LITTLE ROCK, Ark. — As kids get ready to head back to the classroom, doctors wanted to remind parents how to keep their children in the classroom and out of the doctor's office.
It's been a busy time of year for doctors at All For Kids Pediatric Clinic with the first day of school right around the corner.
One pediatrician, Dr. Joshua Lyon, said that he's been seeing a lot of kids coming in to get check-ups before heading back to school.
"We had a lot of kids and a lot of families who weren't coming into the office, you know, kind of during peak pandemic season. So we got behind on a lot of checkups, and we got behind on a lot of vaccines. So we're playing catch up with a whole lot of kids," Dr. Lyon said.
He explained that it's been busier this year since some kids are going back to in-person learning after getting used to working from home during the pandemic.
"I'm seeing a lot more excitement this year than what I have the past couple of years," Dr. Lyon said.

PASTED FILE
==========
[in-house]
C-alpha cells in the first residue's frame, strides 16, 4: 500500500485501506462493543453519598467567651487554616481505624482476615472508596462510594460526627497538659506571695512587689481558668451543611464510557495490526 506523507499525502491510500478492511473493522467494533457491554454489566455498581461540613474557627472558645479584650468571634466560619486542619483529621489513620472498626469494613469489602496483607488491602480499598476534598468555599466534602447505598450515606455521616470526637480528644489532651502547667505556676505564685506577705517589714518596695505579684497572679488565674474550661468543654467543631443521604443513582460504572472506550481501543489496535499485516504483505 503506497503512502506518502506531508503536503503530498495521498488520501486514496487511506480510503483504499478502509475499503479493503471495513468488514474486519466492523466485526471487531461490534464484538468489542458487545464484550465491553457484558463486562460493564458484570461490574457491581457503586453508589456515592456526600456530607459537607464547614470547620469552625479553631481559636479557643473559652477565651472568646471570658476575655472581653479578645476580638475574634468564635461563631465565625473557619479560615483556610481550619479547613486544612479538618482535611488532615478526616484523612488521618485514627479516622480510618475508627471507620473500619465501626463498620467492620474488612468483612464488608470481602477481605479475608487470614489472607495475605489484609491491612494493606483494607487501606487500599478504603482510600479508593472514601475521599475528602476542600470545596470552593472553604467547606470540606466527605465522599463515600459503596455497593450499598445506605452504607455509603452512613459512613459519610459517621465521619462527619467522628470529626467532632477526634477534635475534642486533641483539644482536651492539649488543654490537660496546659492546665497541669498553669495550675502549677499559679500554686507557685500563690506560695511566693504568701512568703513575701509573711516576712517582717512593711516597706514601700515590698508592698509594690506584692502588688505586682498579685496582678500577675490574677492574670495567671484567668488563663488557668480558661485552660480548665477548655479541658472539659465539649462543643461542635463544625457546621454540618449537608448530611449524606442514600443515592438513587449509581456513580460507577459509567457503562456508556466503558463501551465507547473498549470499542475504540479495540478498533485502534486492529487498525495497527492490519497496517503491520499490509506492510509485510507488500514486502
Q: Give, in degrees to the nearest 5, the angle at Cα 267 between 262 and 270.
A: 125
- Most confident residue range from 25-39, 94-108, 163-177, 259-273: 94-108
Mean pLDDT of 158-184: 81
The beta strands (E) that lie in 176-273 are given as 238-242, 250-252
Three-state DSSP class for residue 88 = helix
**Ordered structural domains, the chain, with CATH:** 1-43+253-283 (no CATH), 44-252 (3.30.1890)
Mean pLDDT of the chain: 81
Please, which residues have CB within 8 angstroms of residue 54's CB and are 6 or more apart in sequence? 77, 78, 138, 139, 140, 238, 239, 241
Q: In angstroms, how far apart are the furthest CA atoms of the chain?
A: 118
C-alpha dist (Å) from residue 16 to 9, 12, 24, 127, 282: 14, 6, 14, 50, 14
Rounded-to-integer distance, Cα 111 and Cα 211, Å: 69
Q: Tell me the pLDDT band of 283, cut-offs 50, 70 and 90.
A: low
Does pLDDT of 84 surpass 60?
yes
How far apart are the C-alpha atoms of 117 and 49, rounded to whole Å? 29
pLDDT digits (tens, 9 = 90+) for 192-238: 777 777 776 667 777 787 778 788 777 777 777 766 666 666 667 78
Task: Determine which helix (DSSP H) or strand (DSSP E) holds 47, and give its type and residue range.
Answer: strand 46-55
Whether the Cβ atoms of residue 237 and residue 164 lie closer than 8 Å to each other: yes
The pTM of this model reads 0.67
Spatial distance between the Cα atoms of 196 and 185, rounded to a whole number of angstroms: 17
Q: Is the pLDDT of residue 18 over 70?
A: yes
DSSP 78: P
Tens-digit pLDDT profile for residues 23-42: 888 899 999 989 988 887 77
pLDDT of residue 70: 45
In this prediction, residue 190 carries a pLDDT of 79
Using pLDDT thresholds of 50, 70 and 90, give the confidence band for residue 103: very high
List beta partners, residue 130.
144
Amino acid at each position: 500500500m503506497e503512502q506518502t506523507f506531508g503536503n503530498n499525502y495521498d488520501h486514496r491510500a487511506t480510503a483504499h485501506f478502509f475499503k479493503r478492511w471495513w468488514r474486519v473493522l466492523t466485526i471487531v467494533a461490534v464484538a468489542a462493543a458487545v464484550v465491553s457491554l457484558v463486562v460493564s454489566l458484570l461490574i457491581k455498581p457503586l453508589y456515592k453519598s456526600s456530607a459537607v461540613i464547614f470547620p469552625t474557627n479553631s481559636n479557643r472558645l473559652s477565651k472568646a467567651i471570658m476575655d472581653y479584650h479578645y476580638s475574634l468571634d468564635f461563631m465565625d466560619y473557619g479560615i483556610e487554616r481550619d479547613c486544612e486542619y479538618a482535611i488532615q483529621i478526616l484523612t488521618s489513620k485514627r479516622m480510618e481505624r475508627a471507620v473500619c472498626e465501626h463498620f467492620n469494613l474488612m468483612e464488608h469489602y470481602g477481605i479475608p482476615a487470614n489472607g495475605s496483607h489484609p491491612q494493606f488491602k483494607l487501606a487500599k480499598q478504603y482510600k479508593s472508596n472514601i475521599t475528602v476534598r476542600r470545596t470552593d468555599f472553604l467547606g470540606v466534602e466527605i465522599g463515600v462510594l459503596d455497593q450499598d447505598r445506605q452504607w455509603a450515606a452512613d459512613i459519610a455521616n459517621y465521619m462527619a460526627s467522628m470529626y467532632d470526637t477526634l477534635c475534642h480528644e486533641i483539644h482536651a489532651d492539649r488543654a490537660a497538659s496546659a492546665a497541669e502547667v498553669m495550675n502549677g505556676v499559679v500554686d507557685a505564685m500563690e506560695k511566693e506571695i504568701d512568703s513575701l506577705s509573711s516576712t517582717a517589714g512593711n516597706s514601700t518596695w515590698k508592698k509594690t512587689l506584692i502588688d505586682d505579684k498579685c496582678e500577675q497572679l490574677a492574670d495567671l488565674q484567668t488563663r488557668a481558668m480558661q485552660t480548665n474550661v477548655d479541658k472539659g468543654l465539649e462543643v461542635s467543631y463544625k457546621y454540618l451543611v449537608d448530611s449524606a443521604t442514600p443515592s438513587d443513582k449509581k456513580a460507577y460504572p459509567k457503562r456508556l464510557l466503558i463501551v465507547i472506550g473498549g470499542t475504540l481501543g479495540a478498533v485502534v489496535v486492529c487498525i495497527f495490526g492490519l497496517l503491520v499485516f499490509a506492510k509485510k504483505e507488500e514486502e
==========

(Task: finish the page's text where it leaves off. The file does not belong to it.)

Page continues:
Dr. Lyon advised parents that now's the time for kids to get their sleep schedules back on track— but it's important to do it slowly.
"Even just adjusting 30 minutes to an hour every night and saying I'm gonna go to bed a little earlier, and I'm gonna get up a little bit earlier," he elaborated.
If your child begins to feel sick, he recommends that they stay home from school and parents should call their doctor if symptoms worsen.
"It's so easy, not just for COVID, but for all these other viral infections that we're seeing to just jump from person to person to person to person to person, and then you've got a whole class who's congested and sick and snotty and feels terrible," he said.
He explained that anyone experiencing any classic COVID-19 symptoms, such as fever, headaches, chills, and fatigue, should immediately let their doctor know.
That's something that La'Chasity Dickerson sees firsthand each day in her classroom.
"You have kids that eat their snot, touch their snot, they're touchy, so it's germs everywhere. Even if we do bleach and disinfect every day, which we do. It still doesn't help the fact that your child is still contagious," Dickerson said.
Dickerson administers temperature checks each morning to try and prevent sick kids from coming to daycare, but that doesn't always stop the spread of germs.
"It's hard I can say to keep the germs down when you don't have that help from the parents outside of the daycare," she said.